CCIt is very common in society for two or more people to buy a property jointly.

When it comes to real property, that is land and buildings, there are essentially two types of co-ownership.

The first is joint tenancy.  The other common form of co-ownership is called in tenants in common.

Joint tenants are often married.  Tenants in common are often business partners.

Regardless of the manner in which property is owned, often it becomes the case that one of the co-owners no longer wishes to hold on to the property.

Problems arise when people cannot agree how to end to their joint ownership in assets, like land, which is not divisible.

The relief that is available to a joint owner in these circumstances comes from section 66G of the Conveyancing Act.  That Act gives the court power to order the sale of the land and to bring about the end of the joint ownership.

In the usual course, the court will appoint a trustee to hold the property for sale and to forward the proceeds to the owners.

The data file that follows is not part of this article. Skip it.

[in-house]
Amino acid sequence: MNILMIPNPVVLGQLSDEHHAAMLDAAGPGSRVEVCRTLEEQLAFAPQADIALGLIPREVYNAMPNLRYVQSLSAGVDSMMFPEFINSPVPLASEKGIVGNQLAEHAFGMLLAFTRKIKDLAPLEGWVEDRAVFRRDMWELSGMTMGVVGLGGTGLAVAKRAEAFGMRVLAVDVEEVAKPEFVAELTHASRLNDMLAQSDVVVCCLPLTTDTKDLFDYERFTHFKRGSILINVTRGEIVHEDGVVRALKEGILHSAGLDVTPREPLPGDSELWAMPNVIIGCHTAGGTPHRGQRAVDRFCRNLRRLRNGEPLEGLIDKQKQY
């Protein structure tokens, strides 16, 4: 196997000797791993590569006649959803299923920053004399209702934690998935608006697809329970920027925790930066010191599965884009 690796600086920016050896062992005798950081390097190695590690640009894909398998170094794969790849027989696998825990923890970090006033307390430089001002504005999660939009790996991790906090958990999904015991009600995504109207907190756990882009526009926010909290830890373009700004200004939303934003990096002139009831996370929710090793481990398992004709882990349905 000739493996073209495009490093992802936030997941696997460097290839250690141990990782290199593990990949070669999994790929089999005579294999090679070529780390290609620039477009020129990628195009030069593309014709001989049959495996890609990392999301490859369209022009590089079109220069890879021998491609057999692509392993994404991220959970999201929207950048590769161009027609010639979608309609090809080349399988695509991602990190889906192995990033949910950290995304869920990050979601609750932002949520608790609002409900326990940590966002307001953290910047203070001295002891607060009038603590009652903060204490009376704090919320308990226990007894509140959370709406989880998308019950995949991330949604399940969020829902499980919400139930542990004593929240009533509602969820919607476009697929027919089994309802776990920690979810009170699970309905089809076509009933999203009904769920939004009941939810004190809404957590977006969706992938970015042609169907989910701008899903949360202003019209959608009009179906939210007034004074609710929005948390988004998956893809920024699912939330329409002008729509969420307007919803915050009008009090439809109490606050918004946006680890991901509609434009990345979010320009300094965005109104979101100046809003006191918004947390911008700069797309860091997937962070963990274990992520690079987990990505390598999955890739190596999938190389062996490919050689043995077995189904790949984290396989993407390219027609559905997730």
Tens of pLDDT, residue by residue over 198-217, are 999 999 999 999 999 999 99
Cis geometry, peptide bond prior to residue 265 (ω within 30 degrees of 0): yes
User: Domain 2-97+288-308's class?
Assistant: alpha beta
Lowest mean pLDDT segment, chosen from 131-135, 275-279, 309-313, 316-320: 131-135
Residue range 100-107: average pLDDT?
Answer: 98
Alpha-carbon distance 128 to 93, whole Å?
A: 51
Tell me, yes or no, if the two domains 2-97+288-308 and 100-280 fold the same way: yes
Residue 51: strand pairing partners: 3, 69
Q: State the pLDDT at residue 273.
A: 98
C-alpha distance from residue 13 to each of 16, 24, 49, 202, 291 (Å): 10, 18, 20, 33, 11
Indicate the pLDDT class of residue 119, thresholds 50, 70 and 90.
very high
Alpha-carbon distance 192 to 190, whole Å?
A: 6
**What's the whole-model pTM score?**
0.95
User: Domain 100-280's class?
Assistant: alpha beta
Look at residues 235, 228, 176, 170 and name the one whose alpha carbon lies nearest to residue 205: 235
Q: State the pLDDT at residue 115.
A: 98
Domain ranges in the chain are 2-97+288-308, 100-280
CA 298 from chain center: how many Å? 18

Because the law realises that a joint owner should be able to realise the interest held in their property, the court will only refuse such an application if there are special reasons for doing so.

The relevant application is complex and is required to be heard in the Supreme Court of NSW.  The proceedings and any negotiated  resolution of the matter can be lengthy.

If you have any questions concerning the termination of co-tenancy please don’t hesitate to contact Everingham Solomons, because Helping You is Our Business.

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